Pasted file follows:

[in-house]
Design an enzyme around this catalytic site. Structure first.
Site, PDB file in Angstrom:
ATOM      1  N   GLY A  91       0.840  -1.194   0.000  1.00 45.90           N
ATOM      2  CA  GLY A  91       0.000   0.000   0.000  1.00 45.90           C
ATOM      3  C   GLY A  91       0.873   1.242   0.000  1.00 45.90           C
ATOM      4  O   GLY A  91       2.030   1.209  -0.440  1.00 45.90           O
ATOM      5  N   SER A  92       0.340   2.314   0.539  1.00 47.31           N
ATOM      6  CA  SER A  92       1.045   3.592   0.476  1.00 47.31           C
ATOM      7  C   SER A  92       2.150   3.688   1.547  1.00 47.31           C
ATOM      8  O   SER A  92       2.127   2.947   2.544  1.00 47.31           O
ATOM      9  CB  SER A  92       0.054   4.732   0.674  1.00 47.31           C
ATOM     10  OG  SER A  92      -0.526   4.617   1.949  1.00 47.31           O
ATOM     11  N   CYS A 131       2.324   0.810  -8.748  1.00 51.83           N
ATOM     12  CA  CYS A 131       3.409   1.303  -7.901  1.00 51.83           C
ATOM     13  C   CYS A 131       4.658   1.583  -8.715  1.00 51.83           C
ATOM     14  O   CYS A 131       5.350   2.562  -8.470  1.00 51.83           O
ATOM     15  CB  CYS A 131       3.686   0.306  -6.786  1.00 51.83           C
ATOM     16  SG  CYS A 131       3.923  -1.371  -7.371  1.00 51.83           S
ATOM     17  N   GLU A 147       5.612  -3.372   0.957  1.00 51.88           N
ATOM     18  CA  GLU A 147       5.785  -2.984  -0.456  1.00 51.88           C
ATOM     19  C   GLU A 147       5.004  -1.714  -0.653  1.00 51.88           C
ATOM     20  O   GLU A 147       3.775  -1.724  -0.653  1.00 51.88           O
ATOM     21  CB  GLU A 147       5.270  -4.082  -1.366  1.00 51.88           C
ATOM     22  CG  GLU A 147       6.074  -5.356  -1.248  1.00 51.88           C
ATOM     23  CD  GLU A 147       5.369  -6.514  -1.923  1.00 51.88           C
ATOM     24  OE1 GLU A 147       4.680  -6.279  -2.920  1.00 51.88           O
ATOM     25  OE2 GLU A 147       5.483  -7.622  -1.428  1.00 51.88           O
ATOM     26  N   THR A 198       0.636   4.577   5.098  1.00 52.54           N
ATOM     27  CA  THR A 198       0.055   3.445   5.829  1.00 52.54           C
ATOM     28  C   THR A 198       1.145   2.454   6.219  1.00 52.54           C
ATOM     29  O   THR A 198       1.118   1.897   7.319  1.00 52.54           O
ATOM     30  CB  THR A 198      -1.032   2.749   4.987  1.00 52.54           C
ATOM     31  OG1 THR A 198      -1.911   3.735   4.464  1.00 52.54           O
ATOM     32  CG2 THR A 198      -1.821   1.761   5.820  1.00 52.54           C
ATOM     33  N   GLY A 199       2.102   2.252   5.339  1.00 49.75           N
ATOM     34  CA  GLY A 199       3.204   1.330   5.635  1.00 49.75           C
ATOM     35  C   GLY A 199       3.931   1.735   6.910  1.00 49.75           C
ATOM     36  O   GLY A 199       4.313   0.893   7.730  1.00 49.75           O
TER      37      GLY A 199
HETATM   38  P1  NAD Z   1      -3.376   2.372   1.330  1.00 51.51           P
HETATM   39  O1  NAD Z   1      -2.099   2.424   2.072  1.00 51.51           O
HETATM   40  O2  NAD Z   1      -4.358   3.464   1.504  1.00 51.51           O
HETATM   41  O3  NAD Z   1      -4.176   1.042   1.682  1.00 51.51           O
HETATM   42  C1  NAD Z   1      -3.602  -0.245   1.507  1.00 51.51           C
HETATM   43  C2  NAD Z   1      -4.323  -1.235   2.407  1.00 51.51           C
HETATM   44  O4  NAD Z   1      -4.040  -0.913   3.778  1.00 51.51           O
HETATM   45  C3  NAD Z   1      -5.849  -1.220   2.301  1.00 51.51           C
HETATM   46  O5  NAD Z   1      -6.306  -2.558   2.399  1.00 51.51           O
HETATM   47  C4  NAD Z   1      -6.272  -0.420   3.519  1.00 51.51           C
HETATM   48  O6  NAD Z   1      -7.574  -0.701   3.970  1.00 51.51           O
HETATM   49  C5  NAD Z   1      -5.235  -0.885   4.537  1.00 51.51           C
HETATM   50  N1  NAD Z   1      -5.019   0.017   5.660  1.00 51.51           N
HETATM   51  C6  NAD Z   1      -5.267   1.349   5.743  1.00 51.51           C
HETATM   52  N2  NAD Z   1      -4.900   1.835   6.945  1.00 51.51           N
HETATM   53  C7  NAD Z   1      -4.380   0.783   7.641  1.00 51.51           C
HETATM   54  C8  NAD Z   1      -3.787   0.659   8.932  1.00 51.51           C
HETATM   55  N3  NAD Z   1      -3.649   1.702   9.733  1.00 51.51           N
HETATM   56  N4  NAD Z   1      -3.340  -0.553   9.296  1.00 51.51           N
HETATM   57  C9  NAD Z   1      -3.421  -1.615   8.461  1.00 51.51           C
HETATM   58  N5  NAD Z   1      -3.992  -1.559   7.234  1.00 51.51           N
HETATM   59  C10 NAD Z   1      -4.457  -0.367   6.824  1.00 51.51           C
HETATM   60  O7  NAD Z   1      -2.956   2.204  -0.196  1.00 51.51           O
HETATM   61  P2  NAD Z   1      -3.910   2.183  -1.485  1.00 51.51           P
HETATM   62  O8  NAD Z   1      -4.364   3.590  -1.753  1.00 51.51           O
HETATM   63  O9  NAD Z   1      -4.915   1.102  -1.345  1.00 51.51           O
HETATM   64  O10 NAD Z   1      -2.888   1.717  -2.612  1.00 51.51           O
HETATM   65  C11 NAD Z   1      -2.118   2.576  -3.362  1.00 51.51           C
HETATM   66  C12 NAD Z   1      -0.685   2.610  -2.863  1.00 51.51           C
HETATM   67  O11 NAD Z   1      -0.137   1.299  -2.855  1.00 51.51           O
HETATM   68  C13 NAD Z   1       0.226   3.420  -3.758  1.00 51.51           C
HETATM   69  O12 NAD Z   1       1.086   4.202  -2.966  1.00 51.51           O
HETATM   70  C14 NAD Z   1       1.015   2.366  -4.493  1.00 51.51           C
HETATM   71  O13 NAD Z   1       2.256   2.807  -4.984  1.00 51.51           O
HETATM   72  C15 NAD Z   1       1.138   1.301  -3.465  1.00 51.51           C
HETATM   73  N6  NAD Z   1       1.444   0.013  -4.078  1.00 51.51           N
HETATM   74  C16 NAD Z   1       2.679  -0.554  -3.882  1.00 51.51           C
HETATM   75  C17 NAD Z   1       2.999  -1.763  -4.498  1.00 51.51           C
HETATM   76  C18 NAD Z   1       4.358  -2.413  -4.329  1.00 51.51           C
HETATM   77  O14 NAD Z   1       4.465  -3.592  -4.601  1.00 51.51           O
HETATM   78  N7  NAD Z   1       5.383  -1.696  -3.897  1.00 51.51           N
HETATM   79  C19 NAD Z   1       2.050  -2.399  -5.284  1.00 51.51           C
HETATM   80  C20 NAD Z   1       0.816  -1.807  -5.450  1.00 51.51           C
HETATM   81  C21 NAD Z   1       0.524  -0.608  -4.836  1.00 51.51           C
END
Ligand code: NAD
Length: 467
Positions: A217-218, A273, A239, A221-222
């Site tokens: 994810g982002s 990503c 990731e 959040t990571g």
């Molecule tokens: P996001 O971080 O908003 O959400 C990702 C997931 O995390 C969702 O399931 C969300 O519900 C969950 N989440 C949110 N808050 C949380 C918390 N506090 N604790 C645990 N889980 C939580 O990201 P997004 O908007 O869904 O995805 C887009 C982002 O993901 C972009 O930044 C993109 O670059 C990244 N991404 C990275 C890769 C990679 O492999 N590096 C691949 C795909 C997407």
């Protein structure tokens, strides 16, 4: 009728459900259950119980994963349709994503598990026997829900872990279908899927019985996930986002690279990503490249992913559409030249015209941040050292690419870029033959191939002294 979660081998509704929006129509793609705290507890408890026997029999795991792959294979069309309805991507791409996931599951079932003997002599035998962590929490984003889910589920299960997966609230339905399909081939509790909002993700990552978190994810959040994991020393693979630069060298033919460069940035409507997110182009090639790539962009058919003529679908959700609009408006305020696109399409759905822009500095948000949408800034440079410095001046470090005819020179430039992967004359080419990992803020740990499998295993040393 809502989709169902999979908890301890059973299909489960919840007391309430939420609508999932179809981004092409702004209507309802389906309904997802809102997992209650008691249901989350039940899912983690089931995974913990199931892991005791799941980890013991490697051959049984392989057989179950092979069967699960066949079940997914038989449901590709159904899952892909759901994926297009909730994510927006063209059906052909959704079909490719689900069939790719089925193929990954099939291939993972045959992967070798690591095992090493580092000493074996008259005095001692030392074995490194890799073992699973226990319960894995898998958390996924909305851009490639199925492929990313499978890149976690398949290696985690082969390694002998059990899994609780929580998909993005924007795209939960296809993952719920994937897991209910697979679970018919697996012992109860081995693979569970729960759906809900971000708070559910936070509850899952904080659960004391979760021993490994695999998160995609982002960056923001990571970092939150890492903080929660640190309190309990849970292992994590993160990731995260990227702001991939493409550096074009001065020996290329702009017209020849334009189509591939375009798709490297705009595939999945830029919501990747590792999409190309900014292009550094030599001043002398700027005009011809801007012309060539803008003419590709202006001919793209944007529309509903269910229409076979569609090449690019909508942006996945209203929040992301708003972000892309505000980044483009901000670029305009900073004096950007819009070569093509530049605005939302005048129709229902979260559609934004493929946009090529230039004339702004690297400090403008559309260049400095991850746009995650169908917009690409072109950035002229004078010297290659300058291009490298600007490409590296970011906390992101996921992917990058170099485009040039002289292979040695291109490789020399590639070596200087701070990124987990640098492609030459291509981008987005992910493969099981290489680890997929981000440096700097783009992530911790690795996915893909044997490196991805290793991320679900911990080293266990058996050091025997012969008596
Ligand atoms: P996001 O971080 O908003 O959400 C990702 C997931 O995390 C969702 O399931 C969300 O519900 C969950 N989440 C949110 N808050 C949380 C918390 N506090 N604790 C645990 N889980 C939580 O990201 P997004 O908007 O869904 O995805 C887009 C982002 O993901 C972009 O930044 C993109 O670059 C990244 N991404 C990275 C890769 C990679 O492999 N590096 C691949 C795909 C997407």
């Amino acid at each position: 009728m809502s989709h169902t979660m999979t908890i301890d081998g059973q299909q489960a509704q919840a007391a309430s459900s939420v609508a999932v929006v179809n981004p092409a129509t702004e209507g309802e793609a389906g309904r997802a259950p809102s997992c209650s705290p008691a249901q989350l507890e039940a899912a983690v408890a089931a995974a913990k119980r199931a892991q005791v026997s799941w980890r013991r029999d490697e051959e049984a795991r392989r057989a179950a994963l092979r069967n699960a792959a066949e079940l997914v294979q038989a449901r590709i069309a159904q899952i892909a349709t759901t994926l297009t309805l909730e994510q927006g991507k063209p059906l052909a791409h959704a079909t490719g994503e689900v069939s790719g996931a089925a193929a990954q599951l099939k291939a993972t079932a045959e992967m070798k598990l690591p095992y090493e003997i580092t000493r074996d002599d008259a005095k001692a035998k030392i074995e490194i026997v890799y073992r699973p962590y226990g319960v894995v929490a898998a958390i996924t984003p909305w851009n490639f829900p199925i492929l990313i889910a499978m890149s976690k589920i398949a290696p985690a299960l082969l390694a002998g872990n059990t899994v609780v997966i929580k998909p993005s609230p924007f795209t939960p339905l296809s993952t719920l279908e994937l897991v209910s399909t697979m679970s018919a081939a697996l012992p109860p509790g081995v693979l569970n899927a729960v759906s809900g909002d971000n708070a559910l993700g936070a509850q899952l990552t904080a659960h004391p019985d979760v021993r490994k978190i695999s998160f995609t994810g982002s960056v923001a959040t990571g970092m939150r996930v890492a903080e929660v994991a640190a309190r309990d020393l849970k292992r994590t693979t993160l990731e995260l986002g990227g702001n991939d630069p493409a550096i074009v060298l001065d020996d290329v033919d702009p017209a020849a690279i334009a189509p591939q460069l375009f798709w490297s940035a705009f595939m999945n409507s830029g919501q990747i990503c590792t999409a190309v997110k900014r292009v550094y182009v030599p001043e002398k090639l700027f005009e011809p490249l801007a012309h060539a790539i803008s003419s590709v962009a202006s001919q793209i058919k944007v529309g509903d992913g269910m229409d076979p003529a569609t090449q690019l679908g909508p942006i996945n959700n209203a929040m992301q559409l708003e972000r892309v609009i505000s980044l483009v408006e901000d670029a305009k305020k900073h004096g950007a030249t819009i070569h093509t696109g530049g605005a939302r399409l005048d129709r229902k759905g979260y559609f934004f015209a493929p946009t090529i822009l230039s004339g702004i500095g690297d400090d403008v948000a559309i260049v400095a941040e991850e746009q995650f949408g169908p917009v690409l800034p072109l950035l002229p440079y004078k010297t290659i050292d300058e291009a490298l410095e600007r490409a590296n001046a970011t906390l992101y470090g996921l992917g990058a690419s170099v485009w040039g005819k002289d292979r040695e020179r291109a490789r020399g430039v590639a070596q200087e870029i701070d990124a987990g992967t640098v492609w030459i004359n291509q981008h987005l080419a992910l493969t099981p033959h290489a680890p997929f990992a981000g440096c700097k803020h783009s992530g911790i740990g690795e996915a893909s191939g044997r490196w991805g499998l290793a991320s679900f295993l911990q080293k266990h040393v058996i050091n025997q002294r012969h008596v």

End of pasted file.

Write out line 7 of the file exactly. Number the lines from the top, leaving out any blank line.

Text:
ATOM      4  O   GLY A  91       2.030   1.209  -0.440  1.00 45.90           O